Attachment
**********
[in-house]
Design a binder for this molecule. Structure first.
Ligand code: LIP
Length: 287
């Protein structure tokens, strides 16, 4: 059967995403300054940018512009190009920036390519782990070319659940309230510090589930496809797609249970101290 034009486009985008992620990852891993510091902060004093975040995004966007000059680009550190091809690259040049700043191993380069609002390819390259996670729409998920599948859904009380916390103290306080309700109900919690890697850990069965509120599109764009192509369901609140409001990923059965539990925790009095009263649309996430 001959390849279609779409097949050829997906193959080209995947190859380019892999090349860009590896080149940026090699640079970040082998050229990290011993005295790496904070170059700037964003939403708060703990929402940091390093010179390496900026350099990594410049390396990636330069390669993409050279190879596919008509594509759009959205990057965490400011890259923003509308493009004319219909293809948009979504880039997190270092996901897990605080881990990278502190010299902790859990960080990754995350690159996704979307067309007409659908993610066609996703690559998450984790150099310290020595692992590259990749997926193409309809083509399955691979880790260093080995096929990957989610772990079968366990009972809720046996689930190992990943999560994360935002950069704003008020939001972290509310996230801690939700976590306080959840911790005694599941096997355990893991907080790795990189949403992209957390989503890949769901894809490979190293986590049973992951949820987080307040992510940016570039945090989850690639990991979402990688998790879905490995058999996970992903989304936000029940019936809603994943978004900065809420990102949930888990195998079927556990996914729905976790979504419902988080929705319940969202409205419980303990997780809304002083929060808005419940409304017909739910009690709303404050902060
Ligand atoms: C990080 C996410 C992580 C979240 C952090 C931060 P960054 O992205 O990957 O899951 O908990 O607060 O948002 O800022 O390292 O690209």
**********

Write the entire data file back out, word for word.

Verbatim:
[in-house]
Design a binder for this molecule. Structure first.
Ligand code: LIP
Length: 287
């Protein structure tokens, strides 16, 4: 059967995403300054940018512009190009920036390519782990070319659940309230510090589930496809797609249970101290 034009486009985008992620990852891993510091902060004093975040995004966007000059680009550190091809690259040049700043191993380069609002390819390259996670729409998920599948859904009380916390103290306080309700109900919690890697850990069965509120599109764009192509369901609140409001990923059965539990925790009095009263649309996430 001959390849279609779409097949050829997906193959080209995947190859380019892999090349860009590896080149940026090699640079970040082998050229990290011993005295790496904070170059700037964003939403708060703990929402940091390093010179390496900026350099990594410049390396990636330069390669993409050279190879596919008509594509759009959205990057965490400011890259923003509308493009004319219909293809948009979504880039997190270092996901897990605080881990990278502190010299902790859990960080990754995350690159996704979307067309007409659908993610066609996703690559998450984790150099310290020595692992590259990749997926193409309809083509399955691979880790260093080995096929990957989610772990079968366990009972809720046996689930190992990943999560994360935002950069704003008020939001972290509310996230801690939700976590306080959840911790005694599941096997355990893991907080790795990189949403992209957390989503890949769901894809490979190293986590049973992951949820987080307040992510940016570039945090989850690639990991979402990688998790879905490995058999996970992903989304936000029940019936809603994943978004900065809420990102949930888990195998079927556990996914729905976790979504419902988080929705319940969202409205419980303990997780809304002083929060808005419940409304017909739910009690709303404050902060
Ligand atoms: C990080 C996410 C992580 C979240 C952090 C931060 P960054 O992205 O990957 O899951 O908990 O607060 O948002 O800022 O390292 O690209």